Thursday, May 22, 2014

My Recent Photos of 18th Century Caribbean Fortifications

Dorothy and I were in the Caribbean in March 2014. You might enjoy photos of 18th Century-ish Spanish and English fortifications we toured.

Castillo del Morro, San Juan, Puerto Rico. Sometimes in Spanish it is called El Morro. This is the landward approach with a superior field of fire (glacis) versus attackers.

The water gate in red was for dignitaries and lots of other things to enter directly from ships.

 This explains the seaward water gate best. Click to enlarge and read.

The seaward wall looks impossible to climb unless you are a WWII US Ranger trained to ascend Point du Hoc on D-Day.

The seawall again. 

Back to the landward entrance. A bridge piece near the main (only?) gate would be removed so attackers could not use the bridge to get to the gate itself.

Ditch to the left of the bridge.  

This little fellow is interesting because of rope attached to the wheels. Why? To reduce chances for the metal wheel rims to cause a spark and an explosion. Gun powder was loaded with scoops from barrels. Implements were made of wood and IIRC copper or bronze because these can't cause sparks either.

Main guns like these were pointed seaward. Mighty big.

Here's the idea. The ship coming into the harbor must be Spanish or friendly.

Cannons were moved to many locations inside the fort depending on need. This ramp does not look formidable. I assure you it is. People had to stop part way up to catch their breath and let their heart rate drop. Unseen are positions for soldiers to stop and rest off to the sides. It is a looooonnnnng way up and steep!

Barracks room. This is the identical format I've seen at Fort Niagara in northwest New York, USA.

Replica 18th Century muskets. They might have been Charlevilles since these have been readily available since the USA's Bi-Centennial for museums and reenactors.

Remember that cannon pointing seaward at the ship entering the harbor? Now you are aboard that same ship looking back at Castillo del Morro and that cannon.

Whew! We've sailed deeper into the harbor and nobody fired at us. Bravo! Originally the colonial city of San Juan was an island surrounded by fortress walls.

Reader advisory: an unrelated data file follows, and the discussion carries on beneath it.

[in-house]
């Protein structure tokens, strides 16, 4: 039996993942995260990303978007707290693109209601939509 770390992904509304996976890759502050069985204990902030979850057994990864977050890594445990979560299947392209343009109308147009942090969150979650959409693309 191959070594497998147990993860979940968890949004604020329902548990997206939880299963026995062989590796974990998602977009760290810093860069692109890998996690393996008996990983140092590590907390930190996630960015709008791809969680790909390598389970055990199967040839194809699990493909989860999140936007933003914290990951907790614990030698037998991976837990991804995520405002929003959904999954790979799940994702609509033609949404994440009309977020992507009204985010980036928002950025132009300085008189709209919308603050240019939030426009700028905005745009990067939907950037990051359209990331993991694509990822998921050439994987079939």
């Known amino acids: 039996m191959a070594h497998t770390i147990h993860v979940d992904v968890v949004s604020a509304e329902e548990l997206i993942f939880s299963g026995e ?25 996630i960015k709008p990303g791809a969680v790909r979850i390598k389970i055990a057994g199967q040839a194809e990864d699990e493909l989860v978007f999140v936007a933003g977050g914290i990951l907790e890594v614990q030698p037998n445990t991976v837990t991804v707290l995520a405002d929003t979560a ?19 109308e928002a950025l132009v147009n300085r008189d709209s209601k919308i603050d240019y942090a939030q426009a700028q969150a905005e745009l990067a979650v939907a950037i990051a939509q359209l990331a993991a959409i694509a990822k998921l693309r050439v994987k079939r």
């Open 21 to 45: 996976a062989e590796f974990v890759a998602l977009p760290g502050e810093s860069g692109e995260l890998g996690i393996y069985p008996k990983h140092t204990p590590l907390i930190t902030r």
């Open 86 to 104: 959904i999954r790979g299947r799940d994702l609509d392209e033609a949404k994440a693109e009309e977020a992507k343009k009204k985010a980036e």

Could we sail through at night? I doubt it!

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The next fort guarding San Juan is San Cristobal. It is a mile or two east of del Morro. A nice walk, kite flying area and popular for picnics. Both Vaubanesque fortresses are very complicated. Check the internet if curious.

The above is San Cristobal's Parade Ground. Soldier barracks are to the left. Officers are to the right. Wide portals into officer quarters enhanced cross drafts to keep officers a bit cooler in this hot climate.

Parade Ground stone slabs are sloped downward to the center for rainwater to flow through drains down to cisterns and a huge room full of water.

Nice cotton uniform. See caption next and the back of the uniform for information.  

Back of the same uniform. 

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Prince of Wales Bastion. The current Prince of Wales visited this fort in the past.  

We are very high on the Island of St. Kitts. There is a volcano to the north and another 180 degrees behind me....

In the distance. This one is so high rain falls here a lot. In fact it produces almost all of the fresh water on the island. For more information see:

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Dorothy and I were aboard Adventure of the Seas for a lovely week of cruising. I hope you enjoyed the above images and found them illuminating. There are other forts in the Caribbean. The above offer a glimpse of two big ones and one small. Some others remain only in outline and in one case on Antigua, our brief bus tour did not take us to the mountain it was on. Next time!

This was displayed in the Voltaire Dining Room on Adventure of the Seas.

Dorothy and yours truly, Bill.
Thank you for looking in. Comments are welcome from you at your pleasure.

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  1. Saw this on TMP, thanks for doing this. Inspiring me to build one for my pirates!

  2. Very nice. We were at San Juan in 2009. You're right, the ramps are challenging! Fort Queen Anne in Nassau is neat too. Sounds like you have a great time.

  3. Looks like a very fun cruise, Bill. I spent a wonderful week in San Juan a few years ago (work!). I stole some time to see those fortifications and thought "what a great set up for a wargame". I stole some time to eat mariscos in the old city as well. Yummy!

  4. Bill,

    Seeking to find some villainous story support.

    Possibly some adversarial players within Raschstein?

    Looking to do a replacement for Stagonia ... with more depth.

  5. Thank you Everyone,
    Murdock, yes, write me off list.
    What do you havew in mind?
    Bill P.


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